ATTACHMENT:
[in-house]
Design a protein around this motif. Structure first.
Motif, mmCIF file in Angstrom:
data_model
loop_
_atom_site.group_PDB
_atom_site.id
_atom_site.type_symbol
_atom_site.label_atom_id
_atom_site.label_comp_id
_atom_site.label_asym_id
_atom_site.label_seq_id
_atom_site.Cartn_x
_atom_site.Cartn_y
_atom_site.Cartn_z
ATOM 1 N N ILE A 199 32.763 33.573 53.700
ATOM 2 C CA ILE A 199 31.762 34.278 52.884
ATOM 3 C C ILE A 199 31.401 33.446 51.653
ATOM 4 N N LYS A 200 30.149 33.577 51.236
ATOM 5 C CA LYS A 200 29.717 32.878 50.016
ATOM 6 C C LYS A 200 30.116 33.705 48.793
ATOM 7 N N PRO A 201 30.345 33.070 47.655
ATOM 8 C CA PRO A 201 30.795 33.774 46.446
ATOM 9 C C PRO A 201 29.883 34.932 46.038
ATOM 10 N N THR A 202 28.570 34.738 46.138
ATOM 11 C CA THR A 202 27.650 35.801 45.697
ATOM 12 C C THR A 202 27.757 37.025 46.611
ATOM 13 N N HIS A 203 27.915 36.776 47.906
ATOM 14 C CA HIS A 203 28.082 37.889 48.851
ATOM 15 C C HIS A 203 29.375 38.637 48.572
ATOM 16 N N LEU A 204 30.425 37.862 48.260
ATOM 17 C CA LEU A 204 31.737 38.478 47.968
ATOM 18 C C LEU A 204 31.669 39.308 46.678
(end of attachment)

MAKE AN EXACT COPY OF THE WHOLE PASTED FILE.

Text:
[in-house]
Design a protein around this motif. Structure first.
Motif, mmCIF file in Angstrom:
data_model
loop_
_atom_site.group_PDB
_atom_site.id
_atom_site.type_symbol
_atom_site.label_atom_id
_atom_site.label_comp_id
_atom_site.label_asym_id
_atom_site.label_seq_id
_atom_site.Cartn_x
_atom_site.Cartn_y
_atom_site.Cartn_z
ATOM 1 N N ILE A 199 32.763 33.573 53.700
ATOM 2 C CA ILE A 199 31.762 34.278 52.884
ATOM 3 C C ILE A 199 31.401 33.446 51.653
ATOM 4 N N LYS A 200 30.149 33.577 51.236
ATOM 5 C CA LYS A 200 29.717 32.878 50.016
ATOM 6 C C LYS A 200 30.116 33.705 48.793
ATOM 7 N N PRO A 201 30.345 33.070 47.655
ATOM 8 C CA PRO A 201 30.795 33.774 46.446
ATOM 9 C C PRO A 201 29.883 34.932 46.038
ATOM 10 N N THR A 202 28.570 34.738 46.138
ATOM 11 C CA THR A 202 27.650 35.801 45.697
ATOM 12 C C THR A 202 27.757 37.025 46.611
ATOM 13 N N HIS A 203 27.915 36.776 47.906
ATOM 14 C CA HIS A 203 28.082 37.889 48.851
ATOM 15 C C HIS A 203 29.375 38.637 48.572
ATOM 16 N N LEU A 204 30.425 37.862 48.260
ATOM 17 C CA LEU A 204 31.737 38.478 47.968
ATOM 18 C C LEU A 204 31.669 39.308 46.678